2013 Book #2 – Master and Commander, by Patrick O’Brian

*happy sigh* I love ships. I really do. And I love Regency-era nautical tales. I have ever since I started reading pirate romance novels in high school. That love only grew when I both watched the Horatio Hornblower series that was on A&E in the late 1990s and early 2000s. I read all of those Hornblower books and loved them.

So when I picked up Master and Commander by Patrick O’Brian (yes, after watching the Russell Crowe/Paul Bettany movie again, but also because this series was on Stephen King’s list of really great books) I already knew I was going to like it.

And yes, I LOVED it!

master and commanderAt the same time, I have this sneaking suspicion that a lot of people would be completely turned off by Master and Commander. Why? Because it’s told in a style that is foreign to the vast majority of books that are written these days. O’Brian wrote in the 1960s, but you would think he was writing in 1800, the year that the novel takes place, judging by the style. He writes with long, sweeping paragraphs, sparse punctuation, and uses words that would make an SAT prepper blind with confusion.

But this antiquated prose is as much a character in the novel as Captain Jack Aubrey or Dr. Stephen Maturin. It really is beautiful. It has a certain rhythm and flow that makes it easy to read at the same time as it challenges you. I can understand why Stephen King put these books on his list. There is a richness and depth to the words and phrasings themselves that give you the feeling that O’Brian knew how to work the language the same way that Captain Jack knew how to coax a full performance out of a piddling ship in a paltry breeze. It’s a delicious book to read.

Another thing I think would turn modern readers off is that a lot of the action takes place off-stage, like a Greek drama. You get to hear the characters telling each other about what just happened rather than being in the middle of it as it happens. Not what we’re used to with modern novels. But at the same time, that’s kind of what life on a ship would be like. It’s a lot of swapping yarns and having things get blown out of proportion, complete with non sequitur interjections interspersed.

What really made me love this novel, to the point of laughing out loud and retelling chunks of it to anyone who would listen, is the brilliant clarity with which the characters of Jack and Stephen are portrayed and how wonderful and ridiculous Jack is. These characters are real people. They live and breathe and get into cringe-worthy situations as often as they pull of feats of extreme heroics.

Along those lines, if Horatio Hornblower is a noble sea captain and a model of naval perfection and aspiration for his time, Jack Aubrey is a jovial, loud-mouthed, barely-contained, lucky bastard … who really knows his way around a ship. I don’t know which was funnier, the moment when he got ragingly drunk at a high society party on land and accidentally dropped a completely inappropriate comment into one of those awkward silences that sometime spring up, or the moment when, while visiting Stephen in the midst of his naturalist pursuits, he spotted a snake loose on the floor and jumped up on a chair, squealing like a girl.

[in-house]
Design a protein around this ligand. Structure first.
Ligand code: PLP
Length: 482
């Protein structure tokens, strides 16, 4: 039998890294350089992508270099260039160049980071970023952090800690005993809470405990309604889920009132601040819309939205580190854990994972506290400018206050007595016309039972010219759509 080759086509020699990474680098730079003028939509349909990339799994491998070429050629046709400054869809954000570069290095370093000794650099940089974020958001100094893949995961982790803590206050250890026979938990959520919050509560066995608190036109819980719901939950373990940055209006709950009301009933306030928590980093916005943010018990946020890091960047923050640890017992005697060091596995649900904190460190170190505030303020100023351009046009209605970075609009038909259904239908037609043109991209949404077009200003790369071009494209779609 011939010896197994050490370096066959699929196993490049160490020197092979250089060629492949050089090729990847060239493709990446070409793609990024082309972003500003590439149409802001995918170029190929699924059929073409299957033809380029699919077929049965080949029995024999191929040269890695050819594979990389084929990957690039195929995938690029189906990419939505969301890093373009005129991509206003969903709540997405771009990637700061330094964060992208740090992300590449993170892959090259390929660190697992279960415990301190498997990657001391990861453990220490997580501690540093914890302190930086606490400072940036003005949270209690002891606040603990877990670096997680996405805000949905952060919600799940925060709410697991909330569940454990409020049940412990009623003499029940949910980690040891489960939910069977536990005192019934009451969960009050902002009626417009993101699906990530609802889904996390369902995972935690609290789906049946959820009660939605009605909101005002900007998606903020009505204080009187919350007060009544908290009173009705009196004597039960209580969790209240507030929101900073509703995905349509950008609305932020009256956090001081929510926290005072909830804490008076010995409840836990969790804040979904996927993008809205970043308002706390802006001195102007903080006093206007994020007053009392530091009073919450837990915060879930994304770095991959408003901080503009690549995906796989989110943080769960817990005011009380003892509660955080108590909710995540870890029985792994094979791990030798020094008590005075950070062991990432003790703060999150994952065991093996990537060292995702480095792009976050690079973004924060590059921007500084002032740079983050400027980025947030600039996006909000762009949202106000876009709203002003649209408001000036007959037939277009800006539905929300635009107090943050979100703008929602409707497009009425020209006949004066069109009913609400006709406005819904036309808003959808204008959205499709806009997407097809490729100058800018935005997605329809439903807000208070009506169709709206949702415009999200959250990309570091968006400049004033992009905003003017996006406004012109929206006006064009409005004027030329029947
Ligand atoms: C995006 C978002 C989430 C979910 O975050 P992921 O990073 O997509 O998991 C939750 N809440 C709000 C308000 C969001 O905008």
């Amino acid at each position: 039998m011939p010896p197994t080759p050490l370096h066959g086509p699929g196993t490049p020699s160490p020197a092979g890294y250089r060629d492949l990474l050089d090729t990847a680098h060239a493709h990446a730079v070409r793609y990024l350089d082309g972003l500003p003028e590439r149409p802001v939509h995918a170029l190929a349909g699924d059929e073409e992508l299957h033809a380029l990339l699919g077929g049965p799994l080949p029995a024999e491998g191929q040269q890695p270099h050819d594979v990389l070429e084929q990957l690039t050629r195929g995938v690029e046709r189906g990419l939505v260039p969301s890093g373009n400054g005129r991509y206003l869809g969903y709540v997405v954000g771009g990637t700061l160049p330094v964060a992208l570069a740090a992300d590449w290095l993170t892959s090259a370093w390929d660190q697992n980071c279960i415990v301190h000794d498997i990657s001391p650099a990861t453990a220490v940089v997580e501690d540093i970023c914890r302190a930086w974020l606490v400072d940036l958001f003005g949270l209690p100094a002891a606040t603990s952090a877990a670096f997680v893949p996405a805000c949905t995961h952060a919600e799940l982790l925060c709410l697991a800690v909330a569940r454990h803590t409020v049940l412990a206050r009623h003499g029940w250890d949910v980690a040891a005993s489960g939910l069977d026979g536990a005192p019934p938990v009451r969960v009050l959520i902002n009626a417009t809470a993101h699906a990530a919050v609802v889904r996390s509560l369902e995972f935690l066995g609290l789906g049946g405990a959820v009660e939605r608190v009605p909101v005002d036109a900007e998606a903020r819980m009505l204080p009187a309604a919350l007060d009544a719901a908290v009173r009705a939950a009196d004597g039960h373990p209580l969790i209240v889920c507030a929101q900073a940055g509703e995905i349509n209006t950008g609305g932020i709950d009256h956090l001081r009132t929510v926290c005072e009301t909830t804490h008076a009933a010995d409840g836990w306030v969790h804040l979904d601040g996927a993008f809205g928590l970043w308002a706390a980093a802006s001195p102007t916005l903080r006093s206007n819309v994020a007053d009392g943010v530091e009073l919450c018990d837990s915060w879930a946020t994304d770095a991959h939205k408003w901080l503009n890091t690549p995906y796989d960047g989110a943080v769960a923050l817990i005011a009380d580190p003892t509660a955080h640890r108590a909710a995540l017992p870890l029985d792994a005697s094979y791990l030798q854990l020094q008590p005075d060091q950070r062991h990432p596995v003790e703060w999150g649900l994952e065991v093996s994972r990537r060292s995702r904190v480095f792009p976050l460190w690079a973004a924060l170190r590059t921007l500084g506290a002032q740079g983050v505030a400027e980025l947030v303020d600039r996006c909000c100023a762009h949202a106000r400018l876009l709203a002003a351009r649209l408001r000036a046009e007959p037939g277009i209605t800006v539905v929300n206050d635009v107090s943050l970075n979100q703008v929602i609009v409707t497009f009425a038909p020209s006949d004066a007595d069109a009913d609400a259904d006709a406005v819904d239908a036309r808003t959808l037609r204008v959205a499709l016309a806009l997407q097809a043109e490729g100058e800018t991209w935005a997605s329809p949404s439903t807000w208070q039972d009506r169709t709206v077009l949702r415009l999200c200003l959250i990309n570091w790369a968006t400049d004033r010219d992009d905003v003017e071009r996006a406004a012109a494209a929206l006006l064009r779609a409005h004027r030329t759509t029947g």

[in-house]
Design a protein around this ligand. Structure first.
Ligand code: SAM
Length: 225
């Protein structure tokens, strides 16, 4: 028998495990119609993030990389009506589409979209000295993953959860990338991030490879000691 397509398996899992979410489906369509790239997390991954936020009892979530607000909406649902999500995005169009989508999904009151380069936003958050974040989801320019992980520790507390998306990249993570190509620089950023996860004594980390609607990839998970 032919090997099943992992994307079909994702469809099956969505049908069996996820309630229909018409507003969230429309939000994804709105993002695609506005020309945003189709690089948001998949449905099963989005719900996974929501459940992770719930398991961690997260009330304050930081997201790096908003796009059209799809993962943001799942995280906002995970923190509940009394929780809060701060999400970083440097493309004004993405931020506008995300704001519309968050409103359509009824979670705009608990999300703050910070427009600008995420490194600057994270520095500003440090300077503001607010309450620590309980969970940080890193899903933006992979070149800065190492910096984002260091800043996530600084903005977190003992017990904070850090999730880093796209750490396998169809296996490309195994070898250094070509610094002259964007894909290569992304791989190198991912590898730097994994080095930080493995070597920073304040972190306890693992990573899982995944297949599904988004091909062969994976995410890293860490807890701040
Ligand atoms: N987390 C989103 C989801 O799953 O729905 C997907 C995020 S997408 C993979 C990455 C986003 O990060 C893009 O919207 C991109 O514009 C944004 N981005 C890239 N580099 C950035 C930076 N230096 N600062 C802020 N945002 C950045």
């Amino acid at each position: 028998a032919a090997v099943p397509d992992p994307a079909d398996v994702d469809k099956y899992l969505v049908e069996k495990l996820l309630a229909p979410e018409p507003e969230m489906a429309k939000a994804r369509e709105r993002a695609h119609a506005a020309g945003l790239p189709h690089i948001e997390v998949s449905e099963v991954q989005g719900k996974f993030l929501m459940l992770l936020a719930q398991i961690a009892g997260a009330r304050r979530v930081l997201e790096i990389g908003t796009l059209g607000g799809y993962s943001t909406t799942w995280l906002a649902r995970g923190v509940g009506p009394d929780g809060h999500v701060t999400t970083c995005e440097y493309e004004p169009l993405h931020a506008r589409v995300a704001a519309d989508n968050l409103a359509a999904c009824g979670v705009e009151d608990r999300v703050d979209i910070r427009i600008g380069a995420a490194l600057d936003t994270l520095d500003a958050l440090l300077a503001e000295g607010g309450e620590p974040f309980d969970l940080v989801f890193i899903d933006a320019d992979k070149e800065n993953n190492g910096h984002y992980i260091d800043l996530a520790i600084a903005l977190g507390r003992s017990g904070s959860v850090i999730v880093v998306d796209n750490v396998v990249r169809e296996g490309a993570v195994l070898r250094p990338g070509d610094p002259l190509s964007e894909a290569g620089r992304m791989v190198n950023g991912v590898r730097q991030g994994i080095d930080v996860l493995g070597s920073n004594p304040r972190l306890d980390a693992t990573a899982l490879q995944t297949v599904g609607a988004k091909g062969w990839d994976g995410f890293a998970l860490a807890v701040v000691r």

After reading the book I’ve come to the conclusion that Russell Crowe played Jack WAY too serious in the film. As written, Jack is overweight, charismatic, not overly bright, and deeply emotional. He’s basically an overgrown child in a position of authority. And I love him! It’s a great exercise in the difference between books and the movies made from them.

Yep, this is definitely a character piece. It works because the characters are so excellently drawn. And the friendship between Jack and Stephen, a friendship that lasts through twenty novels, has got to be the best bromance ever committed to paper.

So yes, I recommend reading Master and Commander, but only if you are prepared to enjoy something radically different from the modern storytelling you’re used to. It’s a lot of fun.

Incidentally, for those who are wondering, the film Master and Commander is an amalgam of bits and pieces from three or four different books in this series. I hope to read the rest of them, but I think I’ll read something light and fluffy first. In fact, the next novel on my list is a Mills and Boon novella sent to me by a friend in Australia.


6 thoughts on “2013 Book #2 – Master and Commander, by Patrick O’Brian

  1. O’Brian’s mastery and command of his writing style is just fantastic. He writes “in the style of” the late eighteenth century – but not exactly. It’s still modern in the literary sense (the Hemingway/twentieth century mode, as opposed to ‘post-modern’ of today), particularly plot-wise. So we get that wonderful sense of period without it being so foreign we cannot identify with it. Great stuff.

    • Yeah, the style is fantastic. I kept thinking that I shouldn’t be enjoying it because it’s a little unwieldy … but it isn’t, if that makes sense. He’s done something so subtle and wonderful with the way he writes that I still haven’t figured it out. I can’t wait to read Post Captain … but I’m making myself read Ender’s Game first. 😉

  2. Pingback: The Evolution of Ships | Merry Farmer

  3. That book was quite a vocab builder – I pored over all those different sails. The soundtrack of the film is great.

    • It’s one of the best soundtracks I’ve ever come across! I treated myself to watching the movie again after finishing the book. One of the most beautiful movies I’ve ever seen, visually and audially (is that a word?).

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